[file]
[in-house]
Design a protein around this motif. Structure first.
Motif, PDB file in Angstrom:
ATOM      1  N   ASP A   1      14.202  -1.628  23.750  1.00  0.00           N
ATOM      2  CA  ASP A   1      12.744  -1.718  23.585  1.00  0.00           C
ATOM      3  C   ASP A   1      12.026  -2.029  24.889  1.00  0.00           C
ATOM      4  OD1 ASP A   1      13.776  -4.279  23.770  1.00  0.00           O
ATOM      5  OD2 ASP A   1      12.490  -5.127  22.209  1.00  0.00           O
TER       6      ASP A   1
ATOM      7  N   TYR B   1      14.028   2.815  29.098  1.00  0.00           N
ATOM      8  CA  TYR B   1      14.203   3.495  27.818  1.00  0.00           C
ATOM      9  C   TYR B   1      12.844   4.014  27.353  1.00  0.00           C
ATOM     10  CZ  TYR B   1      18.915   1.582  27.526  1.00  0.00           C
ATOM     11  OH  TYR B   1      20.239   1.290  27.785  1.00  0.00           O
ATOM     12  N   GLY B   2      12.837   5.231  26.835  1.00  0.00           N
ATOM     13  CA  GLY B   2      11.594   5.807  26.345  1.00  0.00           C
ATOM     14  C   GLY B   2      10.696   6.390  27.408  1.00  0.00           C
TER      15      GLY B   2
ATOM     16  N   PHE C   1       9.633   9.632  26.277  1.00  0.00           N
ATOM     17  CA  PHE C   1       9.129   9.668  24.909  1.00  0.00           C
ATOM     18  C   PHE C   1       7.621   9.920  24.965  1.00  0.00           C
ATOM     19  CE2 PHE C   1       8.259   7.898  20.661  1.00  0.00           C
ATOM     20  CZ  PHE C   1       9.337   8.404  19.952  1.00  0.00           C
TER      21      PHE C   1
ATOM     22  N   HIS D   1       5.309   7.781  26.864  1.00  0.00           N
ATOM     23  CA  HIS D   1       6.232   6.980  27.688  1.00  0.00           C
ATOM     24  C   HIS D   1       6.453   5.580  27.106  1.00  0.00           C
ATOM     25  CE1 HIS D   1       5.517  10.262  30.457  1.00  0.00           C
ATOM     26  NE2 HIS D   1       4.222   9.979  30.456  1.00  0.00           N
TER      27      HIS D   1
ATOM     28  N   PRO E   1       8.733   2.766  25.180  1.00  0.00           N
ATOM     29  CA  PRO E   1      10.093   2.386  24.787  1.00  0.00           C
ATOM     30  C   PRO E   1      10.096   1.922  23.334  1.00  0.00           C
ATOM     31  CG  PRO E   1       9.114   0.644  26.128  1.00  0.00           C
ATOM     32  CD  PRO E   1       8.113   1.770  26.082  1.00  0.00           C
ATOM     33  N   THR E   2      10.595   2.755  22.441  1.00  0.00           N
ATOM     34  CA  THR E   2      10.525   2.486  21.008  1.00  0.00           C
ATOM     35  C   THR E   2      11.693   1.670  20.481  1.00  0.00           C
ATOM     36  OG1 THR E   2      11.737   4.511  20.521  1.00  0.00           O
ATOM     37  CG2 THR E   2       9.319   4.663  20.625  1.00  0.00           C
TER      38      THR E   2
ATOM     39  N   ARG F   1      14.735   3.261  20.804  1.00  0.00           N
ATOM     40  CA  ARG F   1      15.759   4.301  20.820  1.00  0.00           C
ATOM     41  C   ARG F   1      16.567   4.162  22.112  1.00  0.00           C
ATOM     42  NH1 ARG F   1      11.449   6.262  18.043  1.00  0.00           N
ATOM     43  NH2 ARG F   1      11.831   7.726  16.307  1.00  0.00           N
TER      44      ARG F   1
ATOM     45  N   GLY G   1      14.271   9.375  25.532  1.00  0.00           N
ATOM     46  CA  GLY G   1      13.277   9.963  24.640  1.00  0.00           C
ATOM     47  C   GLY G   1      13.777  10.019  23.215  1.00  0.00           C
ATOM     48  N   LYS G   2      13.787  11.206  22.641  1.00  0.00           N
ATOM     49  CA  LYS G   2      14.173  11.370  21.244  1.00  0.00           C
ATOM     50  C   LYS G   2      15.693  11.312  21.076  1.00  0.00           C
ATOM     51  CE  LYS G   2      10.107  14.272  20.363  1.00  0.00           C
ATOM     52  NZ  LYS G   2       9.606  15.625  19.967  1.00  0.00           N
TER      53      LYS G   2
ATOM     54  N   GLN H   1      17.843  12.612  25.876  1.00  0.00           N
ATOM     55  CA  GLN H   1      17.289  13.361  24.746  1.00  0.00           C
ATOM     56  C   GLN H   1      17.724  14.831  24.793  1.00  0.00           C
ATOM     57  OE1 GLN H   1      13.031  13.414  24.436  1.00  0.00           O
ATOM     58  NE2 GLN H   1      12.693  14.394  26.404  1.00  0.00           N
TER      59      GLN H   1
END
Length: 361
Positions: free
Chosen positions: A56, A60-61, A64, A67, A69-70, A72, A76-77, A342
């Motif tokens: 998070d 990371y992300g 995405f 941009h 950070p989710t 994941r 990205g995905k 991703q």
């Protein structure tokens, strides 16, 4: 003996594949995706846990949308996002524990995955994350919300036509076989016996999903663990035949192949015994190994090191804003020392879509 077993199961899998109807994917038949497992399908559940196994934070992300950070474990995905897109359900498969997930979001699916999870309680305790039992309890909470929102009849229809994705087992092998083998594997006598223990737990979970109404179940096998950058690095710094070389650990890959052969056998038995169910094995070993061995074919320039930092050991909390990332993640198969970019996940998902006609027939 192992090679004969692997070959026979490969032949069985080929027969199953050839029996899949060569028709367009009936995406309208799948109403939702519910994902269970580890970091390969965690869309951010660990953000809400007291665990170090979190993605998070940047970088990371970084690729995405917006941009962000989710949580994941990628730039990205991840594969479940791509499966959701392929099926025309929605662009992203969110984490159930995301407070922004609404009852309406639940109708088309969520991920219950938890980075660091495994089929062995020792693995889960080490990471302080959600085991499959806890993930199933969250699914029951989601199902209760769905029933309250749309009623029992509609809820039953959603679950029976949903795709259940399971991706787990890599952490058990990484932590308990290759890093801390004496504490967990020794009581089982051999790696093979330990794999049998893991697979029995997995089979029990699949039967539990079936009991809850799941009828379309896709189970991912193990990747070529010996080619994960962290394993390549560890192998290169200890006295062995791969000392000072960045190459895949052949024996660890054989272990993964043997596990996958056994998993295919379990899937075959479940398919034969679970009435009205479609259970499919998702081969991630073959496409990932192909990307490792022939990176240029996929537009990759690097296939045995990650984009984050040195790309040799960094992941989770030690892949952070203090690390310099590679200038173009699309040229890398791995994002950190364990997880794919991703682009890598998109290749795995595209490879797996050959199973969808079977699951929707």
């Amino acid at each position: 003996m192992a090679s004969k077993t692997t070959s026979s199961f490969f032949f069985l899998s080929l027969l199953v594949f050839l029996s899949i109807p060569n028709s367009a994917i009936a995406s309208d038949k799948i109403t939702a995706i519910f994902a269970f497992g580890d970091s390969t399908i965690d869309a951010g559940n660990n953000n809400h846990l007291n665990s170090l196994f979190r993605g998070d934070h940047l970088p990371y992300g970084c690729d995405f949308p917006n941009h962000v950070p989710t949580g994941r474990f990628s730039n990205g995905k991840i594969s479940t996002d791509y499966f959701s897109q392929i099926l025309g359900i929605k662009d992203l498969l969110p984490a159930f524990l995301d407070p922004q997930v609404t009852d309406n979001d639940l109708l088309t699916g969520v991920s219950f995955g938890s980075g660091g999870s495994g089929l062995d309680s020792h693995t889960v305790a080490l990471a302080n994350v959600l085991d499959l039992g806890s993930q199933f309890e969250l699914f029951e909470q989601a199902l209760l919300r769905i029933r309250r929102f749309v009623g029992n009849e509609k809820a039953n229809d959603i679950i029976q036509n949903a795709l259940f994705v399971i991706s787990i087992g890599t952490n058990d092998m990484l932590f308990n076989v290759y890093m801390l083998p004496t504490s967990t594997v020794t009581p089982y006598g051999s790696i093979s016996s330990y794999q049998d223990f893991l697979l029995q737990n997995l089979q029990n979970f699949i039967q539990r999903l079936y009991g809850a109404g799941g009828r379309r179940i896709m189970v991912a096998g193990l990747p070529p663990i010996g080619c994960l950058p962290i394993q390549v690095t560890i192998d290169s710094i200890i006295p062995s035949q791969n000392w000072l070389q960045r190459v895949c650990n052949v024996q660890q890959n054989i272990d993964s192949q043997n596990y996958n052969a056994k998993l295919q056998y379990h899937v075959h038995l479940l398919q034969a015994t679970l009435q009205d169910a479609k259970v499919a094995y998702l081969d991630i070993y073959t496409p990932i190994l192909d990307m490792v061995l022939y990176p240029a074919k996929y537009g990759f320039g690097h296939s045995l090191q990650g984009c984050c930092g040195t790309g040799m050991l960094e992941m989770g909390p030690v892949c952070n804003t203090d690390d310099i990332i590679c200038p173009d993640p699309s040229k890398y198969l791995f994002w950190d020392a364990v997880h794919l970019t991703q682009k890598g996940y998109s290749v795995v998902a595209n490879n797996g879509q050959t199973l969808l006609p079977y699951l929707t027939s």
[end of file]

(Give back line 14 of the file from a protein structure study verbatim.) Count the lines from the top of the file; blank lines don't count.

ATOM     11  OH  TYR B   1      20.239   1.290  27.785  1.00  0.00           O